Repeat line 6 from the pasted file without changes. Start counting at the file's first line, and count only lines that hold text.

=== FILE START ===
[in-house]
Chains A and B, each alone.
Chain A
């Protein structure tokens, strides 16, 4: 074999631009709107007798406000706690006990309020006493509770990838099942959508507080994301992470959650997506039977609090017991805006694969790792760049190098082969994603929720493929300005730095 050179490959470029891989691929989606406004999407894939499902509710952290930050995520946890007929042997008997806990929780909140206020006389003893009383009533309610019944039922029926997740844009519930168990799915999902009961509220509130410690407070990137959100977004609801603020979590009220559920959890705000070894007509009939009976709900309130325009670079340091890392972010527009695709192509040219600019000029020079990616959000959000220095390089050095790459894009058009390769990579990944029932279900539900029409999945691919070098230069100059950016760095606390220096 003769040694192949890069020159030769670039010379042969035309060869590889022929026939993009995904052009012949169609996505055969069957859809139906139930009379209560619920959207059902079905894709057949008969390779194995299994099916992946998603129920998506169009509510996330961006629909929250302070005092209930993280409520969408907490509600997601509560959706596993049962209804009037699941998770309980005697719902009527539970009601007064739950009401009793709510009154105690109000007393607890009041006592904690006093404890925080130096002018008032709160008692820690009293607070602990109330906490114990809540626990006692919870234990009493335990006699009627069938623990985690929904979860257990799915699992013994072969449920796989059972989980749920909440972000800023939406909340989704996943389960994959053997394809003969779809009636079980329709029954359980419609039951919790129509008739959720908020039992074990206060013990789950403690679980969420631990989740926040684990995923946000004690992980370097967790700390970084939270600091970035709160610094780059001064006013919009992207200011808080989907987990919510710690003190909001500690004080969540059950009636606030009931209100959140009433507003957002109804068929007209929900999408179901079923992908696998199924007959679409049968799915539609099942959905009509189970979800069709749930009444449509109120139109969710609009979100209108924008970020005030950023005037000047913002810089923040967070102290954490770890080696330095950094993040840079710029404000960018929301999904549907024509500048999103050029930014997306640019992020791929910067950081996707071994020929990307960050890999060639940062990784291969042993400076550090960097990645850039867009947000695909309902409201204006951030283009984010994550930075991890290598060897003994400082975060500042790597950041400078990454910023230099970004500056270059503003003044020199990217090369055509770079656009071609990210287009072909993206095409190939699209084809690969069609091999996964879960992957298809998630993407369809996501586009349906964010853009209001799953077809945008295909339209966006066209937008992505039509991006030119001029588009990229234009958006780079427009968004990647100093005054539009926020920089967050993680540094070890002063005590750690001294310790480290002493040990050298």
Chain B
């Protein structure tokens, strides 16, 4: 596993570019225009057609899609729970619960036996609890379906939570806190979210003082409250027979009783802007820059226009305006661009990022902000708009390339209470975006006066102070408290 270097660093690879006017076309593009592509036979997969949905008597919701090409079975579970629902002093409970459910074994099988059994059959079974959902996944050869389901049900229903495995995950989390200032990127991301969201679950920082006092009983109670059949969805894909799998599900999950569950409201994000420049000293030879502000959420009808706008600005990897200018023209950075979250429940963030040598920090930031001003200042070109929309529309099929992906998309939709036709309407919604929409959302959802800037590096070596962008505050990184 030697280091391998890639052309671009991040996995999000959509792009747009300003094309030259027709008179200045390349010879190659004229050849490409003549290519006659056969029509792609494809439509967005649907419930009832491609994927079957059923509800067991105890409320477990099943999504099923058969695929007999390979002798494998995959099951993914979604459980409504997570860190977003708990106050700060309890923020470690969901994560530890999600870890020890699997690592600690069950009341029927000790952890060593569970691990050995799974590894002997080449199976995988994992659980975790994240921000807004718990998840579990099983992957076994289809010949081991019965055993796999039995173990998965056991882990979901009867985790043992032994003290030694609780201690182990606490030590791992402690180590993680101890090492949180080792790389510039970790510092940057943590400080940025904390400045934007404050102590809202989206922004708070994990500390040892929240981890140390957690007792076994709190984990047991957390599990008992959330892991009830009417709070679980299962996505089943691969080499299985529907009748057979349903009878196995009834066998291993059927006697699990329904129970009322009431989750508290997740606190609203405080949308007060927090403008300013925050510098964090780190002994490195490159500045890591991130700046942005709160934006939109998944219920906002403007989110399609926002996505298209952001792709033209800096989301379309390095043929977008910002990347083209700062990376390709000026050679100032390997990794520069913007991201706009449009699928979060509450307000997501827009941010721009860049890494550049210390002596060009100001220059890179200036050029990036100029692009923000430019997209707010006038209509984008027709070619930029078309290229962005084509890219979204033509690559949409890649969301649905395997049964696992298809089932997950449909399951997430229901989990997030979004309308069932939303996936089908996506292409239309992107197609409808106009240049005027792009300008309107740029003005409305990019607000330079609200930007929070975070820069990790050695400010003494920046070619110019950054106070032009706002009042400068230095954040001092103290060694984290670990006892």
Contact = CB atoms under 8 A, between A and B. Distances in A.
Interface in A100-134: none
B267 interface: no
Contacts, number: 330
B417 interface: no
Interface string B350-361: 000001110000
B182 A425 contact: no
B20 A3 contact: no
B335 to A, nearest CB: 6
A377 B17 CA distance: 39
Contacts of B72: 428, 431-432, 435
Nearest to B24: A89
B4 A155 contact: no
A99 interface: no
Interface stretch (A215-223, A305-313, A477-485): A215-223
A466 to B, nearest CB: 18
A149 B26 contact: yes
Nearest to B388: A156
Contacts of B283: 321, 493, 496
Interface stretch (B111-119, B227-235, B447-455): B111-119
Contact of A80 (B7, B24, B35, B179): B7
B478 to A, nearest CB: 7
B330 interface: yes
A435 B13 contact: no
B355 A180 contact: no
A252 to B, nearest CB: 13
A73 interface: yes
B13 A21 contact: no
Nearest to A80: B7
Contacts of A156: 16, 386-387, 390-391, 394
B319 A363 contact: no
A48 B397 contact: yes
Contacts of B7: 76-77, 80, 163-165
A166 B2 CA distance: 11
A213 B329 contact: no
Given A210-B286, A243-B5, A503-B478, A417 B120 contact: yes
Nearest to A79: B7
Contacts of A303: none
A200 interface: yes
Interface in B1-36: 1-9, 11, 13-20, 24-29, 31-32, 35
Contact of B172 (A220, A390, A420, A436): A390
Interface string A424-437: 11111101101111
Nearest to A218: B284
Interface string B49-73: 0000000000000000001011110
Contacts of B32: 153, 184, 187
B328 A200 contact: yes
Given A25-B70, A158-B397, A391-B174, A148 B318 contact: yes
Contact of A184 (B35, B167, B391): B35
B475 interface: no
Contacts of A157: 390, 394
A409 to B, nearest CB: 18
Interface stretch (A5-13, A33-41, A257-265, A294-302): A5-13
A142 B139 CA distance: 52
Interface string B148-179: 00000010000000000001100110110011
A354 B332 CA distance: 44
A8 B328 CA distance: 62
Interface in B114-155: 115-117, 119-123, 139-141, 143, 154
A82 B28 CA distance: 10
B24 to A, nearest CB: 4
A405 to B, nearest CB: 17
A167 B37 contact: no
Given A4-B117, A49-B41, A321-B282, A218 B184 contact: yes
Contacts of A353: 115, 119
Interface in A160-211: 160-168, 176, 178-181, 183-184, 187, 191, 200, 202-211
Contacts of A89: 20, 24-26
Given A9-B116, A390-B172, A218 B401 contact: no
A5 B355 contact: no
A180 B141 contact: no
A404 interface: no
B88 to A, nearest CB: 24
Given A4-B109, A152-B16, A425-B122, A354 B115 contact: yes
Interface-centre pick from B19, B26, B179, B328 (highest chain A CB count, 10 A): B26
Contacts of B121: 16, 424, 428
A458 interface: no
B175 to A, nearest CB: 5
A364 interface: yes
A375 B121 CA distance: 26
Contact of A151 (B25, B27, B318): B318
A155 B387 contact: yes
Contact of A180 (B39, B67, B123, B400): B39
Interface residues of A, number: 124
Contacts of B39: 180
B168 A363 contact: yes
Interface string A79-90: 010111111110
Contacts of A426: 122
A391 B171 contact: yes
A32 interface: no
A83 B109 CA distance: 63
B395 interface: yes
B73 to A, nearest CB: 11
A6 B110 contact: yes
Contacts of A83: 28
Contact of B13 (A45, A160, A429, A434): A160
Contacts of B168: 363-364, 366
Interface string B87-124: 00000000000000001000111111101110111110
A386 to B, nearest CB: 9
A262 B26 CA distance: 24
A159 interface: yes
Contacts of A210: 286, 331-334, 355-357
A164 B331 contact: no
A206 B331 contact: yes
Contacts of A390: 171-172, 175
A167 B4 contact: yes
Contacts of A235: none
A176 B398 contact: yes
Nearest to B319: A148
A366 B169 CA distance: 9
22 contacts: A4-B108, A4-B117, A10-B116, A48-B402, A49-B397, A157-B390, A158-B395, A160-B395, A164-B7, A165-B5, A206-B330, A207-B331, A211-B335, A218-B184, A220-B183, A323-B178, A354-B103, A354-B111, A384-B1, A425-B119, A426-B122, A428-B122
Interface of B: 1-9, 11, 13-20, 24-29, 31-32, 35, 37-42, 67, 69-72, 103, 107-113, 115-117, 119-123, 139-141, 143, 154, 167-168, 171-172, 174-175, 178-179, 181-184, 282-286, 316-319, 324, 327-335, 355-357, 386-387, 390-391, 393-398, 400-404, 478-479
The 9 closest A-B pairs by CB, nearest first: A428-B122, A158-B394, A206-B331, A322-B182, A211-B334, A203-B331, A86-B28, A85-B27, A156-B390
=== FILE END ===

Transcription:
């Protein structure tokens, strides 16, 4: 596993570019225009057609899609729970619960036996609890379906939570806190979210003082409250027979009783802007820059226009305006661009990022902000708009390339209470975006006066102070408290 270097660093690879006017076309593009592509036979997969949905008597919701090409079975579970629902002093409970459910074994099988059994059959079974959902996944050869389901049900229903495995995950989390200032990127991301969201679950920082006092009983109670059949969805894909799998599900999950569950409201994000420049000293030879502000959420009808706008600005990897200018023209950075979250429940963030040598920090930031001003200042070109929309529309099929992906998309939709036709309407919604929409959302959802800037590096070596962008505050990184 030697280091391998890639052309671009991040996995999000959509792009747009300003094309030259027709008179200045390349010879190659004229050849490409003549290519006659056969029509792609494809439509967005649907419930009832491609994927079957059923509800067991105890409320477990099943999504099923058969695929007999390979002798494998995959099951993914979604459980409504997570860190977003708990106050700060309890923020470690969901994560530890999600870890020890699997690592600690069950009341029927000790952890060593569970691990050995799974590894002997080449199976995988994992659980975790994240921000807004718990998840579990099983992957076994289809010949081991019965055993796999039995173990998965056991882990979901009867985790043992032994003290030694609780201690182990606490030590791992402690180590993680101890090492949180080792790389510039970790510092940057943590400080940025904390400045934007404050102590809202989206922004708070994990500390040892929240981890140390957690007792076994709190984990047991957390599990008992959330892991009830009417709070679980299962996505089943691969080499299985529907009748057979349903009878196995009834066998291993059927006697699990329904129970009322009431989750508290997740606190609203405080949308007060927090403008300013925050510098964090780190002994490195490159500045890591991130700046942005709160934006939109998944219920906002403007989110399609926002996505298209952001792709033209800096989301379309390095043929977008910002990347083209700062990376390709000026050679100032390997990794520069913007991201706009449009699928979060509450307000997501827009941010721009860049890494550049210390002596060009100001220059890179200036050029990036100029692009923000430019997209707010006038209509984008027709070619930029078309290229962005084509890219979204033509690559949409890649969301649905395997049964696992298809089932997950449909399951997430229901989990997030979004309308069932939303996936089908996506292409239309992107197609409808106009240049005027792009300008309107740029003005409305990019607000330079609200930007929070975070820069990790050695400010003494920046070619110019950054106070032009706002009042400068230095954040001092103290060694984290670990006892």